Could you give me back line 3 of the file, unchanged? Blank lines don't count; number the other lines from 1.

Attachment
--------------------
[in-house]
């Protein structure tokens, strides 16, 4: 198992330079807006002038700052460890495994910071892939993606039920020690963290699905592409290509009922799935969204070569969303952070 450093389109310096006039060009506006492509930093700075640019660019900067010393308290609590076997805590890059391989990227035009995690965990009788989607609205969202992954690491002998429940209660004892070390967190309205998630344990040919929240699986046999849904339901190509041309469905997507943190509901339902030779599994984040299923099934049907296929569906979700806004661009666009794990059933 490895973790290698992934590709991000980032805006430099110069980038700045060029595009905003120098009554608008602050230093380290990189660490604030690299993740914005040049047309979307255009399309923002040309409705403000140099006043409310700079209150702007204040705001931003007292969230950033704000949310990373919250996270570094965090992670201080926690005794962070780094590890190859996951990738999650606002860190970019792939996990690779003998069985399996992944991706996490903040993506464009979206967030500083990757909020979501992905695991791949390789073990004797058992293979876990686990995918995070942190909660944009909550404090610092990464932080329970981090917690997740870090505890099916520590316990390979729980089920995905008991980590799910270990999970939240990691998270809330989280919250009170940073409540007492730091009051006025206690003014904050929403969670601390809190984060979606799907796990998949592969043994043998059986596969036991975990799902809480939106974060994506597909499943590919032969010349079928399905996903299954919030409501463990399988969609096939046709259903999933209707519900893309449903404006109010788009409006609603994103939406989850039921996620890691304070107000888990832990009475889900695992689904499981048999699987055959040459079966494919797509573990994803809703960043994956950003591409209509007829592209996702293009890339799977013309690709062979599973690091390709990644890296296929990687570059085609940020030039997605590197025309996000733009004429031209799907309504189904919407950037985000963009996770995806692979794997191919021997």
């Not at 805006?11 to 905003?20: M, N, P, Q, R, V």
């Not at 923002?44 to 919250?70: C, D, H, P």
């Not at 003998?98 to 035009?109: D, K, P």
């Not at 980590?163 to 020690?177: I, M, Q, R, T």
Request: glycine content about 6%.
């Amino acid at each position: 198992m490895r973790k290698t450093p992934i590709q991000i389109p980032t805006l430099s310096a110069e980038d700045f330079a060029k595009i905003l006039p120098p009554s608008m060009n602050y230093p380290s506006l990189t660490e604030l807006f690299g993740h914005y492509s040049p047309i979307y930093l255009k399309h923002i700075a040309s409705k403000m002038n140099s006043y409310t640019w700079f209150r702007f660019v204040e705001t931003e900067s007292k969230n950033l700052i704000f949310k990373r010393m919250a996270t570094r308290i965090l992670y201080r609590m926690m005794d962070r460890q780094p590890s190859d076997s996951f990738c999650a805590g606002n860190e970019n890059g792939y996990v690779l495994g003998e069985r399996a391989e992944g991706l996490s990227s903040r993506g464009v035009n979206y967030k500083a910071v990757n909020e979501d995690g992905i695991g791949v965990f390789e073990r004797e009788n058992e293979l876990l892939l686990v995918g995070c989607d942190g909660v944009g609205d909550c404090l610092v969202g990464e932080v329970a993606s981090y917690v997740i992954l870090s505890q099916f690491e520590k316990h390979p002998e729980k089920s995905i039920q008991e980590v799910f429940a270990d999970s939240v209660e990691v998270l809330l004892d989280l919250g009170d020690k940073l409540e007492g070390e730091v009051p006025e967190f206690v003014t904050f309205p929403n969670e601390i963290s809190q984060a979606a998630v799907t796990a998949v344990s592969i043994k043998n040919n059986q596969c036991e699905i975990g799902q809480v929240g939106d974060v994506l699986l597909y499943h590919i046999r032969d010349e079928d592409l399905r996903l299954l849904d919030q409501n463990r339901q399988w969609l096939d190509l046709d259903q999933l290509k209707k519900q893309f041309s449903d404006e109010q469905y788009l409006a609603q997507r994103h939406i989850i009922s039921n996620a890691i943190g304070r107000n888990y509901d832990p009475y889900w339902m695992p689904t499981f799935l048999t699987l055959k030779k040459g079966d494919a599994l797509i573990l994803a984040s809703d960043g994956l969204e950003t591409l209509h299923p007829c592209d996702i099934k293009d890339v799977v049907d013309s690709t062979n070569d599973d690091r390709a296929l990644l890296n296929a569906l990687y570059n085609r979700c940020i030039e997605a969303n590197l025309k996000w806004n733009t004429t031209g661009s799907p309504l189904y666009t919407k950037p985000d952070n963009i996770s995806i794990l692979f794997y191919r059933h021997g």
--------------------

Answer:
């Not at 805006?11 to 905003?20: M, N, P, Q, R, V």